I'm having some trouble with this problem that I have been working on for the past couple of hours. I was wondering if someone could please point me in the right direction.

Consider the set $S = \{A, B, C, D\}$. I need to find a basis for the vector space $F(S, \mathbb{R})$ (the set of functions that map from $S$ to $\mathbb{R}$). Then, I need help in defining an inner product on the vector space to make the basis orthonormal?

My attempt:

I believe the basis should be a set of functions, for example, $S = \{f(A) = 1, f(B) = 2, f(C) = 3, f(D) = 4\}$. I do not have much reasoning for this, though. I am just using past problems to guide me.

Any assistance is appreciated.


The first thing to notice is that we can map $F$ to $\mathbb{R}^4$ by mapping each $f \in F$ to its tuple of values at the "points" $A$, $B$, $C$ and $D$ i.e.

$\rho : F \rightarrow \mathbb{R}^4 : \rho(f) = (f(A), f(B), f(C), f(D))$

Note that $\rho$ is a 1-1 mapping so we can define its inverse:

$\rho^{-1} : \mathbb{R}^4 \rightarrow F : \rho^{-1}( (a,b,c,d) )= f : f(A)=a, f(B)=b, f(C)=c, f(D)=d$

We can then turn $F$ into a vector space by "pulling back" the natural vector space structure on $\mathbb{R}^4$:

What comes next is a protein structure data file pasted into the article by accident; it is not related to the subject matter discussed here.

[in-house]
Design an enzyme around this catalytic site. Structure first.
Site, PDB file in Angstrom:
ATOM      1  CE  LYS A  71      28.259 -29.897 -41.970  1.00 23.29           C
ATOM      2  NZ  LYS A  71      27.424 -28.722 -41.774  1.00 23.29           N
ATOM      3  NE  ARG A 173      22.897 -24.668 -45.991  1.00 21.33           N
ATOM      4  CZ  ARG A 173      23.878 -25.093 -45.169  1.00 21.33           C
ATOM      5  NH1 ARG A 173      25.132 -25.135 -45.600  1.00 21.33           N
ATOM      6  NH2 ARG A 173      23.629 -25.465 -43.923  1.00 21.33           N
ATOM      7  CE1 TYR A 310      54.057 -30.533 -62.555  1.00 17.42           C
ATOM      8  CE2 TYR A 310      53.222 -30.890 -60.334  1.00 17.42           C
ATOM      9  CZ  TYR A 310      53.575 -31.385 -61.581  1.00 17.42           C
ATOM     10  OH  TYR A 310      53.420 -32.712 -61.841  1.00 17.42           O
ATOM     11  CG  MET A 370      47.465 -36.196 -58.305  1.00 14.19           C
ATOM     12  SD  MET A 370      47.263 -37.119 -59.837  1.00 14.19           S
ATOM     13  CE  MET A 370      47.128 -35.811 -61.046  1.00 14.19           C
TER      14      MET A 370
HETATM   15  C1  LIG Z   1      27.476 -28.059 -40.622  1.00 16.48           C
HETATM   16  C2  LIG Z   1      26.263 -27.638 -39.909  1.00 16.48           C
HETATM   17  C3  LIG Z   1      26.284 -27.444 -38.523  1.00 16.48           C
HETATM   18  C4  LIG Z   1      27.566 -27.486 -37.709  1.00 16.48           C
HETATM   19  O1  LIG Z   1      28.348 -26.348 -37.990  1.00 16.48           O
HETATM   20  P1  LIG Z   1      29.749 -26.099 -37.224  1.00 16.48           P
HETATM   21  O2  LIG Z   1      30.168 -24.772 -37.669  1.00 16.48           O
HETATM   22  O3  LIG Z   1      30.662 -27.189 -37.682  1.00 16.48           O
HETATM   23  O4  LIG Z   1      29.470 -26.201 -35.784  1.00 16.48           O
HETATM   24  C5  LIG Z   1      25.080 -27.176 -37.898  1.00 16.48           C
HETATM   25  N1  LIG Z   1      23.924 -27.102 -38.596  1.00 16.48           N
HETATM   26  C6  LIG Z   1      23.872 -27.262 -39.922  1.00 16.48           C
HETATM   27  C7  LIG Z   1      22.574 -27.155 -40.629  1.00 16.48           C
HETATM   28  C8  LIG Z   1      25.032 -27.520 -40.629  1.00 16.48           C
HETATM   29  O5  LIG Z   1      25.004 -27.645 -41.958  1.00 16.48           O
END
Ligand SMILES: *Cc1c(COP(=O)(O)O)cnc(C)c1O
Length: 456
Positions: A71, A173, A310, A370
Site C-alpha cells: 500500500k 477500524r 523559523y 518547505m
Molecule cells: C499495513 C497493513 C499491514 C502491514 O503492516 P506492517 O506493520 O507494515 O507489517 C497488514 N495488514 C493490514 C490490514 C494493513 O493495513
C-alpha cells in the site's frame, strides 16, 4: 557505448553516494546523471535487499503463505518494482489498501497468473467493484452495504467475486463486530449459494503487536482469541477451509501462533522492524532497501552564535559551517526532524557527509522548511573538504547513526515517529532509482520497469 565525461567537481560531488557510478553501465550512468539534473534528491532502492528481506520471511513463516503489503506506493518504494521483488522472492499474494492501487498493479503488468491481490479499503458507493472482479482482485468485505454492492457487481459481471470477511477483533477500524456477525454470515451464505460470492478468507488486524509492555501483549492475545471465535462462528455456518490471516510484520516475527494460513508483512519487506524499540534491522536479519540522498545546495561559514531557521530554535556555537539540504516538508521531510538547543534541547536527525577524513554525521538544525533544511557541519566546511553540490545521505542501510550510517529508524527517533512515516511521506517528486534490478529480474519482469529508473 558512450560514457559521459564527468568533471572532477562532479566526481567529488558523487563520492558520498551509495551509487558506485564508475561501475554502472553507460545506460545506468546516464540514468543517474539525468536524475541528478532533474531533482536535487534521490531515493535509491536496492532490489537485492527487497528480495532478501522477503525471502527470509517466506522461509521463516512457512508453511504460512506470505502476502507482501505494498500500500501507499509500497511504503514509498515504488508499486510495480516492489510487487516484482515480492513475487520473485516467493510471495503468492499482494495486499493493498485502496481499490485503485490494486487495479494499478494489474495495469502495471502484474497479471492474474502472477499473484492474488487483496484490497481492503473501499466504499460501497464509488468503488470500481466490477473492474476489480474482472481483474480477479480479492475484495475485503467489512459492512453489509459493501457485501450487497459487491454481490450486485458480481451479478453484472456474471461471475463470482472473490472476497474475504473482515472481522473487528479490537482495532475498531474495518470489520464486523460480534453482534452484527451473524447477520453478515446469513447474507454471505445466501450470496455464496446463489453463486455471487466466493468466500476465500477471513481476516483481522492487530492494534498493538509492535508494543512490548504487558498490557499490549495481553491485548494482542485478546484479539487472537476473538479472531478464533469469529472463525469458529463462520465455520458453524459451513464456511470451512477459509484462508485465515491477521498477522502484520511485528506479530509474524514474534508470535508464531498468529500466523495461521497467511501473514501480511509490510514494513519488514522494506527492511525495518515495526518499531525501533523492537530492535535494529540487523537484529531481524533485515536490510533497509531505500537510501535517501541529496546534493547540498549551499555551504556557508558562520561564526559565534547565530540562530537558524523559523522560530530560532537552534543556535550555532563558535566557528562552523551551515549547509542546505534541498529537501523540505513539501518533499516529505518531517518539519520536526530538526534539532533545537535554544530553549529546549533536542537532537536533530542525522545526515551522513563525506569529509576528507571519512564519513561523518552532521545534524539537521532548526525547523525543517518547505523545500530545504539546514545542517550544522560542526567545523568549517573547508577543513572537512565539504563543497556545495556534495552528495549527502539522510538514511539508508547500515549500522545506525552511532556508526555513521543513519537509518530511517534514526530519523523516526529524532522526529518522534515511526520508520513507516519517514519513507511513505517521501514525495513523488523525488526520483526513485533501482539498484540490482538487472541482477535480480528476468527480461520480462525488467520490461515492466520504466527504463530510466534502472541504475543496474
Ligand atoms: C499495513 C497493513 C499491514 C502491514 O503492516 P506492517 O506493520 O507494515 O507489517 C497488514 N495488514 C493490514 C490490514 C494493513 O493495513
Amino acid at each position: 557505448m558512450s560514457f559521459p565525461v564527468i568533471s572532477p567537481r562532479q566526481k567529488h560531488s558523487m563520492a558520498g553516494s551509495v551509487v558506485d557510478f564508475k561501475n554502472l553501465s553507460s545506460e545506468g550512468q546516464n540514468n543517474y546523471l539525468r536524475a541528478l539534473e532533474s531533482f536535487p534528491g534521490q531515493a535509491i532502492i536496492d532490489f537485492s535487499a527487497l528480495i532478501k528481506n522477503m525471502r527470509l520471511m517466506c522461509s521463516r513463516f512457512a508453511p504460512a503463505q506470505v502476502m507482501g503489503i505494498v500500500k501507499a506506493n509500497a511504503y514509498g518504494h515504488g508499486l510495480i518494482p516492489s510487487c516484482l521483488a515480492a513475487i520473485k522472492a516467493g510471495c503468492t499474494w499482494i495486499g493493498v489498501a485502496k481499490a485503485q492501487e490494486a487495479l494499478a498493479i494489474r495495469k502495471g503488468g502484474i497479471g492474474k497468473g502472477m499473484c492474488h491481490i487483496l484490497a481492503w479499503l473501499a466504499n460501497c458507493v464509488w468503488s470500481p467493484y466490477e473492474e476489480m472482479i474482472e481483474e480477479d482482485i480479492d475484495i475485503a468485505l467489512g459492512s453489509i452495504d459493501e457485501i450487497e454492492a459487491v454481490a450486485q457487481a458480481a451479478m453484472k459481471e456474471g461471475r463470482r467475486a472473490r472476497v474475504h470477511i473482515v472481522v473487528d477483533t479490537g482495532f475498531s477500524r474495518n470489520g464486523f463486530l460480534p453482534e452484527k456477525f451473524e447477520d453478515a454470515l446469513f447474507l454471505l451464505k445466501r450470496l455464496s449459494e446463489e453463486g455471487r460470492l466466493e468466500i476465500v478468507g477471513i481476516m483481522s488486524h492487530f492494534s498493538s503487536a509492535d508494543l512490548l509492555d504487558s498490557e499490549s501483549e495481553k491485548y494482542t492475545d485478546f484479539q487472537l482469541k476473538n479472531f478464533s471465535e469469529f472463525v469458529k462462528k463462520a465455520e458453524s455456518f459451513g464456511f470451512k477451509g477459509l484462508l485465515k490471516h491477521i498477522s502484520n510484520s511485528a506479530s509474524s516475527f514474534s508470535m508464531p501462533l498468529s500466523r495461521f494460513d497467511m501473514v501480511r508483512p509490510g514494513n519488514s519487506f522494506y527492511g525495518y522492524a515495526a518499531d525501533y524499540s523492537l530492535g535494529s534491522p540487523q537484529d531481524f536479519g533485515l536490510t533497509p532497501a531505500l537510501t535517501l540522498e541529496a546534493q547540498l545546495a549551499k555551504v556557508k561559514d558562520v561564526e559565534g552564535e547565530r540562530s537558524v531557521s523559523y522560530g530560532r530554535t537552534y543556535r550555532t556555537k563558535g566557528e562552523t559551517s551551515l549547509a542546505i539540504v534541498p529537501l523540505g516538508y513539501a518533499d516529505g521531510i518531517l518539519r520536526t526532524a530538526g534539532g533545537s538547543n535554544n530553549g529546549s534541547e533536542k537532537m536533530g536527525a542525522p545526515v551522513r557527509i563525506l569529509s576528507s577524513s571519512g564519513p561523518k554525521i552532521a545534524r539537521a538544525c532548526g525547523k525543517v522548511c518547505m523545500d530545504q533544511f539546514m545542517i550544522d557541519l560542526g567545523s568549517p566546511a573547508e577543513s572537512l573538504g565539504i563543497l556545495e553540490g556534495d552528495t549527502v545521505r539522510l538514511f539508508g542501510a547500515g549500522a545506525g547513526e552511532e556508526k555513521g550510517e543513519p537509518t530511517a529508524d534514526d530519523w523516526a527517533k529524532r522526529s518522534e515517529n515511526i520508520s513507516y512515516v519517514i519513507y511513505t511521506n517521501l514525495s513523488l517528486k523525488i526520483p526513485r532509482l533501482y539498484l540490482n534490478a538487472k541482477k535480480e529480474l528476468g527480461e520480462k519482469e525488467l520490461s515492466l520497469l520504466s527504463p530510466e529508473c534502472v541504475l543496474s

$f + g = \rho^{-1}(\rho(f) + \rho(g)) = \rho^{-1}((f(A)+g(A), f(B)+g(B), f(C)+g(C), f(D)+g(D)))$

$kg = \rho^{-1}(k\rho(f)) = \rho^{-1}((kf(A), kf(B), kf(C), kf(D))) \text{ for } k \in \mathbb{R}$

and we can "pull back" the standard definition of inner product as well:

$<f,g> = \rho^{-1}(<\rho(f),\rho(g)>) = \rho^{-1}((f(A)g(A), f(B)g(B), f(C)g(C), f(D)g(D)))$

The inverse mapping $\rho^{-1}$ can then be used to map any orthonormal basis in $\mathbb{R^4}$ to an equivalent orthonormal basis in $F$. As Berci points out in their answer, a natural choice is the image of the basis $\{(1,0,0,0), (0,1,0,0), (0,0,1,0), (0,0,0,1)\}$ - but that is not the only choice available.


What you provided is (the set of values of) a single function $S\to\Bbb R$ and not a set of functions.

For $X\in S$, let $e_X:S\to\Bbb R$ assign $1$ to $X$ and $0$ to every other elements.
Verify that $\{e_A, e_B, e_C, e_D\}$ is a basis.

Then define the inner product the usual way on coordinates w.r.t. this basis.


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